Ostomy Care

Our ostomy experts are here to answer your questions and support you during and after treatment.

If you have colon cancer or rectal cancer, you may need an ostomy as part of your treatment plan. It’s natural to feel worried, concerned, or confused about what’s involved with an ostomy and how to care for it.

Many ostomies are temporary -- a year or less -- while a patient’s body heals after treatment for colon or rectal cancer. We here for every part of your ostomy care whether yours is temporary or permanent.

Frequently asked questions about ostomy care

We have the answers to some of the most common questions patients ask us about ostomies.

  • What is an ostomy?

    An ostomy is an opening a surgeon creates to bring part of the intestine outside the body. It allows waste to leave the body while your colon or rectum heals.

    Most ostomies are temporary while patients recover from treatment. They keep these ostomies for six to 12 months. Then the surgeon reconnects the bowel. (Patients recovering from colon cancer may have temporary ostomies.)

    Some patients will use the ostomy forever. This is necessary when the surgeon must remove certain parts of the rectum because of rectal cancer.

    Colostomy and ileostomy are two types of ostomy.

    Colostomy

    During a colostomy, the surgeon brings part of the colon out through the abdomen. A colostomy may be temporary or permanent. The part of the colon outside the abdominal wall is the stoma.

    Ileostomy

    An ileostomy is an opening that brings part of the small intestine out to the abdomen. Ileostomies may be temporary or permanent.

  • What ostomy treatments will I need after my cancer surgery?

    After surgeons remove cancer from the colon or rectum, you might need an ostomy while your body heals.

    Our ostomy experts offer:

    • Experience in creating stomas (artificial holes in the body): All stomas are not alike. Our surgeons create stomas that make the process as simple and straightforward as possible.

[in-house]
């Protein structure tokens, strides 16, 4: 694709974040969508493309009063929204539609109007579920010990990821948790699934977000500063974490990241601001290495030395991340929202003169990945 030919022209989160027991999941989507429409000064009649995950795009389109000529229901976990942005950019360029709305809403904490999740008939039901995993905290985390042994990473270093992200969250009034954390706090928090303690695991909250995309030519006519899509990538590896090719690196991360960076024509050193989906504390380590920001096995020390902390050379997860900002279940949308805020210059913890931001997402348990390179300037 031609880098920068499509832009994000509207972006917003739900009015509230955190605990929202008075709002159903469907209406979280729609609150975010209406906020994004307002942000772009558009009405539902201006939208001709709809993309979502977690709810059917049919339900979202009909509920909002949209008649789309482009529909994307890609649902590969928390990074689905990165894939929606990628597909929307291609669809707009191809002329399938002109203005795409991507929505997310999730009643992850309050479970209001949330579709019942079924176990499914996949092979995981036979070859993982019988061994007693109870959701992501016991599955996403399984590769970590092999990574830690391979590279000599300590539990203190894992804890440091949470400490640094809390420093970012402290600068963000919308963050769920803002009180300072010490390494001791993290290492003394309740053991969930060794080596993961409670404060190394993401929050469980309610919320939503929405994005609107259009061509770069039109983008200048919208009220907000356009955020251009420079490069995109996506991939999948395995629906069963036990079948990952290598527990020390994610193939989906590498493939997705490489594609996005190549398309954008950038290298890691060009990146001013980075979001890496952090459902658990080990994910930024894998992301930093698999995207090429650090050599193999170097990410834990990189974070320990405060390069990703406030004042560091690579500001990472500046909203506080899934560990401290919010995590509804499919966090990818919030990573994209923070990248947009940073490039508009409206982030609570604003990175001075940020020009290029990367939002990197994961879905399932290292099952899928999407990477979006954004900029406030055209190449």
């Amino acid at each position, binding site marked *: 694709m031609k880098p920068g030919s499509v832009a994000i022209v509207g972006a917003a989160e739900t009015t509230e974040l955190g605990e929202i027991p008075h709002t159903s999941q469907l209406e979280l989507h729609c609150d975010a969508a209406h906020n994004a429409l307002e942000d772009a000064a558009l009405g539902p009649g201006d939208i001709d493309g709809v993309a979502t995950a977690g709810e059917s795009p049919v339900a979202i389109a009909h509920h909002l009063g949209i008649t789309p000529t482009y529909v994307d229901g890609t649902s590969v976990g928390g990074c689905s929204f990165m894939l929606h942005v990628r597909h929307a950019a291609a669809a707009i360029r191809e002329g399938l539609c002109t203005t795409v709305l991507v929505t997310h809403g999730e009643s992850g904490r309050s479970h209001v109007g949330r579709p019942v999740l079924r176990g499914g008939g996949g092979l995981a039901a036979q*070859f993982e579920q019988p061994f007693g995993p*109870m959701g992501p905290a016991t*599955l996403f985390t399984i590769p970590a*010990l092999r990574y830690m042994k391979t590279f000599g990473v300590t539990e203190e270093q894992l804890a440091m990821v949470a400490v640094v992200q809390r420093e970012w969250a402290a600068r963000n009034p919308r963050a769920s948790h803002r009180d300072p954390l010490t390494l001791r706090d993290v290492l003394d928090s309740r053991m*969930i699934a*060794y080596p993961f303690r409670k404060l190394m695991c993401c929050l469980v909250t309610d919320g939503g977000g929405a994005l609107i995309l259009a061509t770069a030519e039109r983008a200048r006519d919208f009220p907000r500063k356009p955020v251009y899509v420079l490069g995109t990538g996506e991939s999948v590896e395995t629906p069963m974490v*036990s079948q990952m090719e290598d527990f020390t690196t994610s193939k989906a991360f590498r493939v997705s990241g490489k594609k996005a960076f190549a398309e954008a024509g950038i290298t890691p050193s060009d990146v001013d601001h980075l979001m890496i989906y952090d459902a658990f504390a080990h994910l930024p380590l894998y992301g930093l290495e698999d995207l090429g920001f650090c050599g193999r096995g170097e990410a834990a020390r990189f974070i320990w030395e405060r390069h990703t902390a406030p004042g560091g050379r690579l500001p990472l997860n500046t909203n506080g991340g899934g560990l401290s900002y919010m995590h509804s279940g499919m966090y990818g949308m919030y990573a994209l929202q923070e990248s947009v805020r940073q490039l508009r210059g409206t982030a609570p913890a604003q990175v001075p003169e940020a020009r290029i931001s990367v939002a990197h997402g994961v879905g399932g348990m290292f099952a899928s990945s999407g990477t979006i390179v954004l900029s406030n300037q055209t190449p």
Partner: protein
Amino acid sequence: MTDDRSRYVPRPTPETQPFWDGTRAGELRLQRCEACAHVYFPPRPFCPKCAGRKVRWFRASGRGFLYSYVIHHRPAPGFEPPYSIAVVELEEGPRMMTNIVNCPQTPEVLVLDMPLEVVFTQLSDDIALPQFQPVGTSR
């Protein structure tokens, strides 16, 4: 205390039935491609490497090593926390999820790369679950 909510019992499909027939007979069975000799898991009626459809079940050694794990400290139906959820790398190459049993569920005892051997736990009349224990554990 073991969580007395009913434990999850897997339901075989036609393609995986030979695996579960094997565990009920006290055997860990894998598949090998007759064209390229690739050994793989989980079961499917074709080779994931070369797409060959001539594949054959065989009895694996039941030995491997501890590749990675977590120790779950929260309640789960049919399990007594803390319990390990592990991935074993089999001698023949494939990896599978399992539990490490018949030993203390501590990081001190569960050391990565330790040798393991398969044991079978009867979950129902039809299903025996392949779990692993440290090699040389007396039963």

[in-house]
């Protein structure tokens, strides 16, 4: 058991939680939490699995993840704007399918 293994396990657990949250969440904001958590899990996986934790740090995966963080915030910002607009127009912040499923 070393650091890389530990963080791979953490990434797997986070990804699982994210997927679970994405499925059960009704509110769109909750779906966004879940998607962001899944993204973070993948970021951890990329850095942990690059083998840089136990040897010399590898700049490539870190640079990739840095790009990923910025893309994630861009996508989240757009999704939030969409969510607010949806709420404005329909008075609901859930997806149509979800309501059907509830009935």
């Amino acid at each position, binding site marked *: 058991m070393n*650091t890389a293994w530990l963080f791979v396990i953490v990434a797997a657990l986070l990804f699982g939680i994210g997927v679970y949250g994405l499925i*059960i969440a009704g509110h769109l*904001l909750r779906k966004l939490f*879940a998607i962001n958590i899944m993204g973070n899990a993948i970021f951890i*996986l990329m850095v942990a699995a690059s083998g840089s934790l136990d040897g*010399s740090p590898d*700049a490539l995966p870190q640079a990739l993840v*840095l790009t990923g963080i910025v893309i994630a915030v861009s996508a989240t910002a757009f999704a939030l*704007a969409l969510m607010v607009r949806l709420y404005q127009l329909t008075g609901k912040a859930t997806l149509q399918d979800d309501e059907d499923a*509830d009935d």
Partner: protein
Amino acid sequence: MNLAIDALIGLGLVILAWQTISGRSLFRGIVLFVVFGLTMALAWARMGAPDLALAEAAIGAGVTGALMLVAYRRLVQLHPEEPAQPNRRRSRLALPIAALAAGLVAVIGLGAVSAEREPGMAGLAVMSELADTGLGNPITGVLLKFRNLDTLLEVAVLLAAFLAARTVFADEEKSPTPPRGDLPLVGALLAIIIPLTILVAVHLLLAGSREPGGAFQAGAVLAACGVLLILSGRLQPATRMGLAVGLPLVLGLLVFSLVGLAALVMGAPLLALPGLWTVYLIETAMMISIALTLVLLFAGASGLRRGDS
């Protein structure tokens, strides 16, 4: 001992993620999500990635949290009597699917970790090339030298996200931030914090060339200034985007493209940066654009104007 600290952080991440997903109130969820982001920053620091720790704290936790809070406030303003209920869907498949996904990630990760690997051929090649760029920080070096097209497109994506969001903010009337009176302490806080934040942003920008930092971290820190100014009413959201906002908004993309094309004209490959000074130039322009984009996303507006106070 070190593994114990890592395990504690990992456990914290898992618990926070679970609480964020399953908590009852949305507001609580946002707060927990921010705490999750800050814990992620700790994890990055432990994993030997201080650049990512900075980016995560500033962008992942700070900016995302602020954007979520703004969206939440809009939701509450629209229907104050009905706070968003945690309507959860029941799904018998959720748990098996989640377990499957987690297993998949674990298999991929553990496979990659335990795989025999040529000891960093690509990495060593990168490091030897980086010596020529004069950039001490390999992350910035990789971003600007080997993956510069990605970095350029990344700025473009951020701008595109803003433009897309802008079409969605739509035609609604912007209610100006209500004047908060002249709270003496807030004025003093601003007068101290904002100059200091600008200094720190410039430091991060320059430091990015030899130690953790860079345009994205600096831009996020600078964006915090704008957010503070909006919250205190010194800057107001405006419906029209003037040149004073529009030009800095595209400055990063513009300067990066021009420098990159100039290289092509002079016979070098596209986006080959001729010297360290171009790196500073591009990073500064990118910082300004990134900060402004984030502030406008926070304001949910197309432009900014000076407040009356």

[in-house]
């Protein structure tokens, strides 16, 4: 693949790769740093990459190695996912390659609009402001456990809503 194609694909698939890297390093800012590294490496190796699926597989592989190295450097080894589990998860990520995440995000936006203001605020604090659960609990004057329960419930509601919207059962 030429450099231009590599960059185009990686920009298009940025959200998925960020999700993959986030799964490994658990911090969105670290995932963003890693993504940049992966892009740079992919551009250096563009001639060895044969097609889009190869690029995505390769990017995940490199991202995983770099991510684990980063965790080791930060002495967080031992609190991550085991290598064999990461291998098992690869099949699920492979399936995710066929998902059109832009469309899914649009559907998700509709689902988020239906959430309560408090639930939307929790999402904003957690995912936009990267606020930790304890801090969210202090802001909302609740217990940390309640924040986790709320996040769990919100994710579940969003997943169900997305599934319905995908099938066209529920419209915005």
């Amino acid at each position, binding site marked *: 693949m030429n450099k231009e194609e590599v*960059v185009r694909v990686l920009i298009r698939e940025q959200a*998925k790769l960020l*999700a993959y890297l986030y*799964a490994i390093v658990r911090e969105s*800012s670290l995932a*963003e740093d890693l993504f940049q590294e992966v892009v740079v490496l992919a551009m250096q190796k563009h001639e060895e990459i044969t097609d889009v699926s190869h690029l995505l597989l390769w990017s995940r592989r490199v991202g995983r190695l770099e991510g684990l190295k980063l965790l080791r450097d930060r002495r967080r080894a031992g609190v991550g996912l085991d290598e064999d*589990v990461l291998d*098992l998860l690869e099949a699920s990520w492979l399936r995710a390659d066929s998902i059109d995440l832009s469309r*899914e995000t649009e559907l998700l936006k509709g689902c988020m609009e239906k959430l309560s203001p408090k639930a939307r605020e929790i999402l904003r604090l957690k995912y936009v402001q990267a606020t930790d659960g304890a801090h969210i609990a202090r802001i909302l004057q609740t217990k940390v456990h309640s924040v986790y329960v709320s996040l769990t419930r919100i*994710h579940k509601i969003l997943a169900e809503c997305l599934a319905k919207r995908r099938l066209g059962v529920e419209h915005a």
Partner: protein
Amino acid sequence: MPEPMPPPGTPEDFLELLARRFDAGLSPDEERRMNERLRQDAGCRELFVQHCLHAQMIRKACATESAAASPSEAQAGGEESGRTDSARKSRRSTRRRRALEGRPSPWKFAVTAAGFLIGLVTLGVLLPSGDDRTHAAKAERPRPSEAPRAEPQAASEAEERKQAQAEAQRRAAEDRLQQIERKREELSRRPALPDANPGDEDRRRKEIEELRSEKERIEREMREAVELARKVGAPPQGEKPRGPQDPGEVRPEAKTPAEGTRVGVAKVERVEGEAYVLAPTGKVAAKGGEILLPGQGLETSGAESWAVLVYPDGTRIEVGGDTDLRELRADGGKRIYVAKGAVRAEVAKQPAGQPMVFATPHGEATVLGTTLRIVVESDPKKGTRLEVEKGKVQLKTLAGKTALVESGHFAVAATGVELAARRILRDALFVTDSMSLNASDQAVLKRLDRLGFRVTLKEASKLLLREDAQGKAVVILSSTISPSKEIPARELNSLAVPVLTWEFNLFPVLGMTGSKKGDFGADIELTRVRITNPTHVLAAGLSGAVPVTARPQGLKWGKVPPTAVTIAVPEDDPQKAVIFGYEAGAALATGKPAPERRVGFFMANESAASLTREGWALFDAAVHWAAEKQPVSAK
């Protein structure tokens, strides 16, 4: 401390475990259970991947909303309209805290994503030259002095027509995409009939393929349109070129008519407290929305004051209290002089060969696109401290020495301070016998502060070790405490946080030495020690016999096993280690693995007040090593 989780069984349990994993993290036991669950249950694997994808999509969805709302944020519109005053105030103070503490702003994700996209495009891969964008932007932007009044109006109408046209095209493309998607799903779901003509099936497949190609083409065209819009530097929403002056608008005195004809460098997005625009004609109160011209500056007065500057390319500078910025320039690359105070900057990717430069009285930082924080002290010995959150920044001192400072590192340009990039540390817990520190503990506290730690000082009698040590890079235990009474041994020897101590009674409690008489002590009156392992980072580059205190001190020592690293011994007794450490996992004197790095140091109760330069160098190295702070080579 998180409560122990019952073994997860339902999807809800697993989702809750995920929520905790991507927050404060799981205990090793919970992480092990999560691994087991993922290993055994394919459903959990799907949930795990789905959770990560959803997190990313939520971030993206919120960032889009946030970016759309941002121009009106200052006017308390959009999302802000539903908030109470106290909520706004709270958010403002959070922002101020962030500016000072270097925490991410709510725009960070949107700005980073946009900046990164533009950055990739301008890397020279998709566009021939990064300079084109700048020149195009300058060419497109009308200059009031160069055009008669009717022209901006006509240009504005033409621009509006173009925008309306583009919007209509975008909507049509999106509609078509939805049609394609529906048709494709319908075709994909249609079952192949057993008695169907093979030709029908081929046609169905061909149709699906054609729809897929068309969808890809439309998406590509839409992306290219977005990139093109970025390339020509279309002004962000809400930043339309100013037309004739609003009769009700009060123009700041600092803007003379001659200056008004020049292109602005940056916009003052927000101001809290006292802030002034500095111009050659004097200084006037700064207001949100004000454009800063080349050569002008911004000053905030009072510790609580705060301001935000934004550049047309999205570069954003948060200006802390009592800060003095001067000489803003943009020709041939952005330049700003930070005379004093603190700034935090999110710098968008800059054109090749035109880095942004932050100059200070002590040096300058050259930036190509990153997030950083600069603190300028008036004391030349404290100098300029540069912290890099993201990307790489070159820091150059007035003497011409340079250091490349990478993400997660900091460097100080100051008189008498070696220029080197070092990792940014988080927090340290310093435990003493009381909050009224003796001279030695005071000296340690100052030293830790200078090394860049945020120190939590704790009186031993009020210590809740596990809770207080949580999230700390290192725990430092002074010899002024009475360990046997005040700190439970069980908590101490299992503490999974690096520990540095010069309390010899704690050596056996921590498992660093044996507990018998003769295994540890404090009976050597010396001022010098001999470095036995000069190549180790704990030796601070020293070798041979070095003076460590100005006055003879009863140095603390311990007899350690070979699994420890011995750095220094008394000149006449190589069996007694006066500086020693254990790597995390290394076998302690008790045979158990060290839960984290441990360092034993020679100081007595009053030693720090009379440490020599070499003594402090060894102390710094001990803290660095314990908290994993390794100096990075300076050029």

• Internal anal reservoirs: We offer internal anal reservoir surgery (also called an ileoanal reservoir or a J-pouch). This allows you to use your existing anal muscles for continence, even when most of the colon or rectum must be removed.
    • Specialized stoma nurses: Our specially trained nurses and nurse practitioners provide advanced care for patients who have an ostomy.
  • What will I be able to do after I have an ostomy?

    While an ostomy may not be what you would wish for, you can do everything you did before with an ostomy. You can run, golf, work, have sex, and live your usual life.

    Our certified ostomy nurse practitioners are here to help patients learn to live with an ostomy. These nurses are certified by the Wound, Ostomy and Continence Nursing Certification Board (WOCNCB). We offer:

    • Outpatient visits: The ostomy nurse practitioners at our Ostomy Clinic see every Henry Ford patient who is scheduled to have some kind of surgery that will result in a colostomy or an ileostomy, as well as a urostomy for bladder cancer. People who are not Henry Ford patients can make appointments to see us too.
    • Education before surgery: Before your operation, we’ll meet with you and go over the whole process. We’ll explain the procedure and show you sample pouches. We also will talk about what it means to have an ostomy, answer questions, and help you find support groups.
    • Marking the ostomy site: Before surgery, our certified ostomy nurses will assess your belly and mark the best place for the surgeon to make the ostomy. Research shows preoperative marking improves patients’ quality of life and health after surgery.
    • Advice any time after surgery: We can help you evaluate the pouching system you choose and work out any problems.
    • Prescribing ostomy supplies: Our nurse practitioners can prescribe ostomy supplies, so you do not need to schedule a separate visit with a doctor just for supplies.
  • What support options are available after my ostomy?

    We offer a wide variety of education and support options for patients with colon, rectal, and anal cancers here at Henry Ford. But we also connect patients who have had an ostomy with support resources specific to their needs and concerns.

    You don’t need to face this challenge alone. There are others who have been where you are and can help you find the answers you need.

    Some of the support resources we offer include:

    • Monthly support group: Henry Ford’s ostomy support group meets once a month at Henry Ford Macomb Hospital.
    • Online support: Online support is available too. Ask an ostomy nurse how to contact us online.
    • Find a local support group: If you live outside Detroit and need a local support group, visit the United Ostomy Associations of America, or call the organization toll-free at 1-800-826-0826.
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